Many American workers cross state borders regularly as part of their job. Events like trade shows and client meetings, for example, may require an employee to travel from their home state. For those that do, chances are they probably owe income taxes in these other states. Such laws have been on the books for decades, however many states appear to have recently stepped up enforcement. The states claim better techniques for tracking taxes owed, not pressure to fill budget deficits, have prompted them to become more tenacious at enforcing the provision.
Originally, state tax officials relied on the sports pages and celebrity magazines to see when well-known higher-earners came to town for work. For everyone else, it was largely ignored because it was not cost-effective for states to monitor every worker crossing a border. Now states have greater access to data warehouses that help them better track taxes owed. Real estate transactions, federal data from the IRS, bids for government construction projects - all this information is generally available and can help states find additional revenue.
Still, perhaps the best enforcement mechanism may be requiring companies to withhold additional taxes from their employees' paychecks. State auditors may not be able to monitor every border-crossing, but with corporate payroll managers as their enforcers, they don't need to. Many Fortune 500 companies say that they have been subjected to payroll audits more frequently in the last few years and that tax officials have requested travel logs for highly compensated employees during these audits. If, for example, an employee was reimbursed for airfare to California, an auditor may also check to see if that employee had California income taxes withheld from his paycheck. If not, the company can be fined. Finding out that you owe income taxes across a state border can raise your overall tax bill if your home state has a lower tax rate, although it may not rise by much since most states allow you to deduct income taxes paid to another state.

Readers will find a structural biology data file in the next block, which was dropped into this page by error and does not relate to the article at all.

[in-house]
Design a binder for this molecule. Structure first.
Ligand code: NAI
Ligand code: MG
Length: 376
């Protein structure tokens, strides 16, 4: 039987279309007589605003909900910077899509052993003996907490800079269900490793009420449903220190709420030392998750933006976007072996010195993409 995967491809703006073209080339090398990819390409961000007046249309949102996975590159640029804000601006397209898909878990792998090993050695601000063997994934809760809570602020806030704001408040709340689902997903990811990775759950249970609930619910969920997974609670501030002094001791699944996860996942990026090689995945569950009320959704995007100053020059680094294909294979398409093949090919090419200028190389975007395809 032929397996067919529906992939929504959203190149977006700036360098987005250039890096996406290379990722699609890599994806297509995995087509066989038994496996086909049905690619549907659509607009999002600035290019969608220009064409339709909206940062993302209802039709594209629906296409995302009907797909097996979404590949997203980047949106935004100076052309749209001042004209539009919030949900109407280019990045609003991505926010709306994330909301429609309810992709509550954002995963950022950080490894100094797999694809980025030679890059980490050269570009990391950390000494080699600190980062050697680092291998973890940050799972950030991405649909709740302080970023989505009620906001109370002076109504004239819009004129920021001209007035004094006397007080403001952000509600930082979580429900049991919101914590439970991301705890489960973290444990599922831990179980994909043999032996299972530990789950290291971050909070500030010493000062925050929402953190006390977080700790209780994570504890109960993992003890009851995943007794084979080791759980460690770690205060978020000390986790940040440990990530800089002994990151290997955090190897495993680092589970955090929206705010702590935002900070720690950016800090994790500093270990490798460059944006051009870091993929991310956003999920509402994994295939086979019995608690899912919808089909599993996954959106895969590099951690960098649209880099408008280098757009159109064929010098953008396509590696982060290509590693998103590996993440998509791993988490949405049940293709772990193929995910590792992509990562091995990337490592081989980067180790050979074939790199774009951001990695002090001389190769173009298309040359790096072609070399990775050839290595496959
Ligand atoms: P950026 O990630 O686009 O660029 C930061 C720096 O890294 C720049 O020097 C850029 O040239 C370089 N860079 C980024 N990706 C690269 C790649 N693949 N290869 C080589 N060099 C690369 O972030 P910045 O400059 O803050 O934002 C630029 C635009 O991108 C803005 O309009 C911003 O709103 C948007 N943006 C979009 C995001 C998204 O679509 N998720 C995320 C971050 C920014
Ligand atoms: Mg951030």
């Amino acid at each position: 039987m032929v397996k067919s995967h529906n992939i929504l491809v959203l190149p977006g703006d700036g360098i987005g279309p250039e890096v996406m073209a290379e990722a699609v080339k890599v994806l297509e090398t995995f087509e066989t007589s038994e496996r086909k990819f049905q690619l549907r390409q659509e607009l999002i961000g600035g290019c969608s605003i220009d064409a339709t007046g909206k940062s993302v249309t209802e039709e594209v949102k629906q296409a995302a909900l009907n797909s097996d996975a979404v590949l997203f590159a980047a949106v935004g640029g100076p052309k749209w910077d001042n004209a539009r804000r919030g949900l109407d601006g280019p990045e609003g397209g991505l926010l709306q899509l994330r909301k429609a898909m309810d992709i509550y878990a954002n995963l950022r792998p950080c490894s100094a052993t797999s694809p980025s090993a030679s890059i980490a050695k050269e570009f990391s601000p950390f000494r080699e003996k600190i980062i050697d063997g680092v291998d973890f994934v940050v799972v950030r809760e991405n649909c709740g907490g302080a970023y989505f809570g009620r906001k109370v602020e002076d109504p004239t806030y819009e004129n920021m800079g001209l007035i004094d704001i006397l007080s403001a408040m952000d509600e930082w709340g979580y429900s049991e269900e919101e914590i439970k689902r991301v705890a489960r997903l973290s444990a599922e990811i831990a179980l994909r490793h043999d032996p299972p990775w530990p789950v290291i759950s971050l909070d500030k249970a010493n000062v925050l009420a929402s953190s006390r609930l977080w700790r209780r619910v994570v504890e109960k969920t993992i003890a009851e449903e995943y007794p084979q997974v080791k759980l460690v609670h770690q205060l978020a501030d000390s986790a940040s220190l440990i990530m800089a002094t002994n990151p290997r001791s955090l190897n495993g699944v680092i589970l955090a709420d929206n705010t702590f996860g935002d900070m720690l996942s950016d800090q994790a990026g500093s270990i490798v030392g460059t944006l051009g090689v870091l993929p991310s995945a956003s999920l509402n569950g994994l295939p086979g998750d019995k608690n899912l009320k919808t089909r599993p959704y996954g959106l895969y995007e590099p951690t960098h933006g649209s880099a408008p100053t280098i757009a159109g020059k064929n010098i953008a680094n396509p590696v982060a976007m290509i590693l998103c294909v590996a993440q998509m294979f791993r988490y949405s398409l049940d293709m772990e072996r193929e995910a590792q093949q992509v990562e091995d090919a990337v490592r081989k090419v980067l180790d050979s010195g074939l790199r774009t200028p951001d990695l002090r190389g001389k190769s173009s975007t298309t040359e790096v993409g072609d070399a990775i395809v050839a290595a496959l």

The bigger burden associated with distributing your taxes to more state governments is the administrative effort it requires, for both employee and employer. Many states require filing a return for a single day's work. For traveling workers like sales people or consultants, filing a pile of additional state tax returns can become prohibitively expensive, not to mention frustrating. As long as there is a lack of understanding about these laws, the states with the most aggressive tax compliance teams have the most to gain from enforcement. As more states catch on and start investing in more payroll auditors and data mining tools to get money back, the end result may be an arms race until every state comes out more or less evenly. In the meantime, states may have a new prominent target. Last year President Obama visited at least 30 states. But, like most presidents before him, he filed in just one: his home state, Illinois.